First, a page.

Fibonacci Sequence Roulette Strategy

The Fibonacci sequence, dating to 200 BCE but popularized in the 13th century by mathematician Fibonacci, is a series starting with 0, 1, 1, 2, 3, 5, 8, and so on. Each number is the sum of the two preceding numbers. In roulette, it's used as a negative progression betting system.

Players start with a £1 unit. If they lose, they move to the next number in the sequence, betting £1 each time. After consecutive losses, bets increase to £2, £3, £5, and £8. Winning moves back two numbers. For example, after winning at £8, the next bet reverts to £3. This system aims to recover losses with smaller incremental bets.

Factors That Can Affect Roulette Strategies

The fact that no roulette betting method can guarantee or predict wins is among the most crucial things players should understand. Roulette is a game of chance, meaning outcomes are random and every spin has an equal chance of winning or losing, independent of the type of wager made.

When seated at live roulette tables, or when placing bets at a physical casino, it is imperative that players gamble safely, as some betting strategies can make it tempting to fall into reckless gambling practices like chasing losses. In addition, players must understand the variables that may affect the betting strategy they have selected.

The Version of Roulette You Pick

The kind of roulette you're playing can have the biggest impact on your betting strategy. European Roulette, with a house edge of about 2.70%, generally has far better odds. When compared to American equivalents, this percentage is about 5.25%.

Because all even money wagers will be recorded as losses, American Roulette wheels have an additional zero, which is the pocket that benefits the casino the most. For this reason, many bettors prefer to use their betting strategies on European or French Roulette wheels.

Watch Out for Unique Rules

Certain roulette variants have special rules that players can use to tailor their approach. The "En Prison" rule that applies to French Roulette tables is one such rule that players may need to consider. Lightning Roulette is another excellent way to see how different the rules may be. In this variant, the possible wins are multiplied by a random number. To take advantage of the special rules, players may search for tactics centred on straight-up bets when playing a game like this.

Consider the Table Limits

Before placing your bets, you should review the table restrictions when playing roulette for real money. Many tables have ranges starting from £1 up to £10,000 (though some variants may offer smaller or larger stakes). A large maximum bet and corresponding bankroll are necessary for some strategies, such as the Martingale approach. With this approach, if you pick a roulette game with higher minimum betting limits, for our example let's say £10. One loss in the Martingale system doubles this to £20, then £40, then £80, then £100, meaning that in just five consecutive losses, you've spent £250, which is more than a lot of casual players' entire bankroll for their session.

Consider What Type of Player You Are

As you can see from the strategies explored above, the methods they employ vary greatly, just like the many different player types in casino games, including live casino environments. Therefore, you should consider your unique tastes and preferences when selecting a strategy. For example, if you’re a player who likes to minimize risk as much as possible, then Oscar’s Grind might be perfect for you. Conversely, if you love taking risks, then the Andrucci strategy might be your best bet. Similarly, if you have a small budget, the D’Alembert strategy is likely a better choice of negative progression system than the more aggressive Martingale strategy.

A Note on Roulette Strategies

Although employing a strategy can feel liberating and even empowering, it's crucial to remember that no plan, technique, or strategy will guarantee that you will turn a profit or predict winning outcomes.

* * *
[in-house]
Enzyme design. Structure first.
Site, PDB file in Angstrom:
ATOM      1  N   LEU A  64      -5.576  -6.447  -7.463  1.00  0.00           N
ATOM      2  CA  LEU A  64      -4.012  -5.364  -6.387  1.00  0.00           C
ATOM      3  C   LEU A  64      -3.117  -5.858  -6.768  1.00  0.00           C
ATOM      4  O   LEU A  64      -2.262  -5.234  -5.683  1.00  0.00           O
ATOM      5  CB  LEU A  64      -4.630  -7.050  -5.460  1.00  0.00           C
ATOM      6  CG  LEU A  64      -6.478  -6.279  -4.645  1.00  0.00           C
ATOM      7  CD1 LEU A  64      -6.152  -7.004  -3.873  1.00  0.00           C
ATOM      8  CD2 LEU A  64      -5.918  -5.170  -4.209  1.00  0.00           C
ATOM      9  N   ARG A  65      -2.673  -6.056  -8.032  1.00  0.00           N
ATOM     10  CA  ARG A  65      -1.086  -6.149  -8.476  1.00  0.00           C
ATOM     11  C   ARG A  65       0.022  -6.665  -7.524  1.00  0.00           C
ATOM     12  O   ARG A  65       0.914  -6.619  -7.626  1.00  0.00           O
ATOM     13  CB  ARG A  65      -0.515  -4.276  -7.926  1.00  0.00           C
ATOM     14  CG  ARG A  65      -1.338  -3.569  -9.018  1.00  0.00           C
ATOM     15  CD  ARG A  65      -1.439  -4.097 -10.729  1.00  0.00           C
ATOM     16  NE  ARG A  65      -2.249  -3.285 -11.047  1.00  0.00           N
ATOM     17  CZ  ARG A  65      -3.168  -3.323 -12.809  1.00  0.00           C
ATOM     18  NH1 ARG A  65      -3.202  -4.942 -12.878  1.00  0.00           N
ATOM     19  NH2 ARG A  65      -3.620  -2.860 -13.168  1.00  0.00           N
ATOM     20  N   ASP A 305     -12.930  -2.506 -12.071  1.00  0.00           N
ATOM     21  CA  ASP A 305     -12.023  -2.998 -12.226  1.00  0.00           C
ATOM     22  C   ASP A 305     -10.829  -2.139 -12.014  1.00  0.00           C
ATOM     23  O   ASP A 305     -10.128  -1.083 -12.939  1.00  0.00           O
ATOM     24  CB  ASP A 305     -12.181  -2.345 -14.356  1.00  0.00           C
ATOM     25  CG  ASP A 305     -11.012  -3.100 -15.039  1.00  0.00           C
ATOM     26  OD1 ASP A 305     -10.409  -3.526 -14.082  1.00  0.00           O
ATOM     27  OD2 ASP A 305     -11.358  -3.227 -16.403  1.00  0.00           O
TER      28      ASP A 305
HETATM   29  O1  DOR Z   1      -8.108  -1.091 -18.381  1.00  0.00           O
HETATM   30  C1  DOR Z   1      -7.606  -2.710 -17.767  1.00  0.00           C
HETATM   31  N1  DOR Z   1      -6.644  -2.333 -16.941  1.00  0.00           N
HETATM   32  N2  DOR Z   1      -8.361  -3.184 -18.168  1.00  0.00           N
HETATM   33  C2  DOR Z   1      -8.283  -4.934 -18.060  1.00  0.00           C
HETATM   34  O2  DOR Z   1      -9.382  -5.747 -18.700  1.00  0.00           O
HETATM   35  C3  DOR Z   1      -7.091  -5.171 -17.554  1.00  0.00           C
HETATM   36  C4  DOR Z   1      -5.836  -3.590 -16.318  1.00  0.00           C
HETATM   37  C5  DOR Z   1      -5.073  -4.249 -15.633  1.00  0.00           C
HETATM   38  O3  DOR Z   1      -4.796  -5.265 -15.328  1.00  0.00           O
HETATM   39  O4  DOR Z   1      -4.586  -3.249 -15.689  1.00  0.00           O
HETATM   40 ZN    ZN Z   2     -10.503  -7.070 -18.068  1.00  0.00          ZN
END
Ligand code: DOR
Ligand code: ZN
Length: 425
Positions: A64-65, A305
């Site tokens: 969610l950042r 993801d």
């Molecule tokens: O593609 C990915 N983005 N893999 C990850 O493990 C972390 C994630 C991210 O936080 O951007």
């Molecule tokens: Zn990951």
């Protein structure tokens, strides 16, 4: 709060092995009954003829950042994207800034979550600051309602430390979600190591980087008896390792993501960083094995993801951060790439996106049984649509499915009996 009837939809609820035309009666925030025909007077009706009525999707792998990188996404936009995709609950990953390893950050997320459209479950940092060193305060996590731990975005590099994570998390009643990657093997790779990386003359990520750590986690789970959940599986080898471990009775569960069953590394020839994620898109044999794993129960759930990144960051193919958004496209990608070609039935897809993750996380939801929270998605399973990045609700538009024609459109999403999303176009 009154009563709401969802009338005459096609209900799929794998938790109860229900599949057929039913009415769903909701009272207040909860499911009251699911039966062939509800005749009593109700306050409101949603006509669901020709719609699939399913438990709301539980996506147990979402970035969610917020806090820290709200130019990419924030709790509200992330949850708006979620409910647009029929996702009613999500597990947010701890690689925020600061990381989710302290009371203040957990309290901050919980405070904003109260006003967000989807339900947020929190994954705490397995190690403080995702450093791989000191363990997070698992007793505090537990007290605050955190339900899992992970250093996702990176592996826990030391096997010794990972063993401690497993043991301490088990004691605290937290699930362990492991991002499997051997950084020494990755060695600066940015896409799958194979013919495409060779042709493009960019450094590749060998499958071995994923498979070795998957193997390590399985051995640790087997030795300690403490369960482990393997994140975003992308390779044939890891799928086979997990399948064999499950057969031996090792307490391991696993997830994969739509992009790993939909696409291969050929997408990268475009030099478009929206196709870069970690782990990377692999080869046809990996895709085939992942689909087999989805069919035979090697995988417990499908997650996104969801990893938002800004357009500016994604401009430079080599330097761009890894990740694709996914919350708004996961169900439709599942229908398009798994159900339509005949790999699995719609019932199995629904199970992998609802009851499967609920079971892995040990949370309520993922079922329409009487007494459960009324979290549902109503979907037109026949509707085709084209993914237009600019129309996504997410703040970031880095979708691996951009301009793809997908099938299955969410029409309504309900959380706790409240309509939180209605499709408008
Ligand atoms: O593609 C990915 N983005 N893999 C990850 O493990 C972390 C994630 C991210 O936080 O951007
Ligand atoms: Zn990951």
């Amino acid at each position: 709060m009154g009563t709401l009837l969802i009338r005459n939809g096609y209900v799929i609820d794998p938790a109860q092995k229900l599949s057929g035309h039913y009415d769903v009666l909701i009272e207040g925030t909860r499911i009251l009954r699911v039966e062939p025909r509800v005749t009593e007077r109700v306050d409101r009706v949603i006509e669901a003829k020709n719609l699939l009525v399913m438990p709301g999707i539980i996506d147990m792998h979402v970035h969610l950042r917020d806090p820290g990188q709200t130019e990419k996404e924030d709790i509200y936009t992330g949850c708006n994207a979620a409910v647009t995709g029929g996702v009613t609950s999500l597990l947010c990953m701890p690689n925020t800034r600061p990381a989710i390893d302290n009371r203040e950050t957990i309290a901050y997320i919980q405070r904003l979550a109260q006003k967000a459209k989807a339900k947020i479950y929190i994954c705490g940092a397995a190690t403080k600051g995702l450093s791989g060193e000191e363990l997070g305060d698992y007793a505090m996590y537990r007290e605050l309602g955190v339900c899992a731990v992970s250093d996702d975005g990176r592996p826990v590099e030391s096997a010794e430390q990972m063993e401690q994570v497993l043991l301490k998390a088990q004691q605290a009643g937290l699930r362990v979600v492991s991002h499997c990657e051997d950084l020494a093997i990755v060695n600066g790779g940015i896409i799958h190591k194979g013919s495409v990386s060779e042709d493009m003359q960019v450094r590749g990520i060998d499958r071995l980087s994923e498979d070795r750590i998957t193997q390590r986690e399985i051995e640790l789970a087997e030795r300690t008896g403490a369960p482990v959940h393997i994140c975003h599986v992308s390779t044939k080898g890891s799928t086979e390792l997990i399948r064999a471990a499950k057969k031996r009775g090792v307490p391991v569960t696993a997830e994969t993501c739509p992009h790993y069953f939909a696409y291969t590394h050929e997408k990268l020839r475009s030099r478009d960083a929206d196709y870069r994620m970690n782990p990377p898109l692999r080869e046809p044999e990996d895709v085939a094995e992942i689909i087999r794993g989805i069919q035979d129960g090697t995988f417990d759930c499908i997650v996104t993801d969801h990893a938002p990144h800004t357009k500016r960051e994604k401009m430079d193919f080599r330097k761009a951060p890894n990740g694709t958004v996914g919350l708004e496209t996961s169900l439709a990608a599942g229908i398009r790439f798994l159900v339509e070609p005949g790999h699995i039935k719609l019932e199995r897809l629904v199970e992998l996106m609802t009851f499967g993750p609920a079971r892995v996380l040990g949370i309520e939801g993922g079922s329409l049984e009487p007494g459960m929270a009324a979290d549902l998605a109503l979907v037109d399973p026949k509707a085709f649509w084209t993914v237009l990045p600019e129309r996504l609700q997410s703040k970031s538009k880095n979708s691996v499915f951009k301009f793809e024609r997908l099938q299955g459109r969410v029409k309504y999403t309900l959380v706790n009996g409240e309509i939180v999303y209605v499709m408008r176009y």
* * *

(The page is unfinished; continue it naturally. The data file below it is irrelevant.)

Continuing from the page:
Casino games are meant to be played as a fun occasional pastime, and not a legitimate way of making money. The house always prevails in the long run, which is why there is a house edge. If you keep this in mind, the aforementioned strategies can make great starting points for playing roulette or can provide a refreshing new way to play for seasoned players.

Any betting strategy should be used in combination with responsible gaming practices. Always set a budget and a time limit for your session and stick to it. Never wager more than you’re willing to lose, and if you notice your mood turning negative, step away and end your session early. Remember, these principles are fundamental to responsible gaming at Prime Casino.

FAQs on Roulette Strategies

Some frequently asked questions regarding roulette betting strategies are answered below:

Do roulette strategies fail?

No roulette strategy can state that it is ‘foolproof’ or guarantees wins. Strategies and systems are based upon statistical averages or consistent responses from the player to mitigate factors (such as poor gameplay decisions)  which could increase the house edge. All casino games are subject to chance, making outcomes completely random, therefore, even the best strategy will fail when presented with random chance outcomes.

What is the most used strategy by roulette players?

The Martingale Strategy is probably the most well-known and well-used strategy by roulette players, with the similar, but less aggressive D’alembert system being most popular with beginner or lower-bankroll players. 

What roulette strategy is recommended for beginners?

Before dabbling with any strategies, we recommend players first learn about and enact responsible gaming practices, and test out a selection of strategies on free-play games. In general, however, due to requiring smaller bankrolls and more conservative betting responses, the D'alembert and Oscar’s Grind system would work well for beginners. As it covers a lot of segments of the wheel, a scaled-down version of the James Bond system might also prove suitable. 

Is it ok to use a strategy when playing roulette?

Yes! As no roulette strategy can guarantee or predict wins (if any can or does it is likely illegal and/or the casino is rigged) they are perfectly acceptable to use. It is up to the player whether or not they decide to use a strategy within their gameplay.

What is the difference between a roulette strategy and a roulette betting system?

A roulette strategy is an overall plan that a player uses to ensure their gameplay is optimal and their projected RTP (return to player) is as high as possible. Factors of this may include selecting optimal roulette variants, or games with a specific betting range suited to their playstyle. A betting strategy is another piece of the players' overall roulette strategy, used to dictate how players form their wagers and manage their bankroll.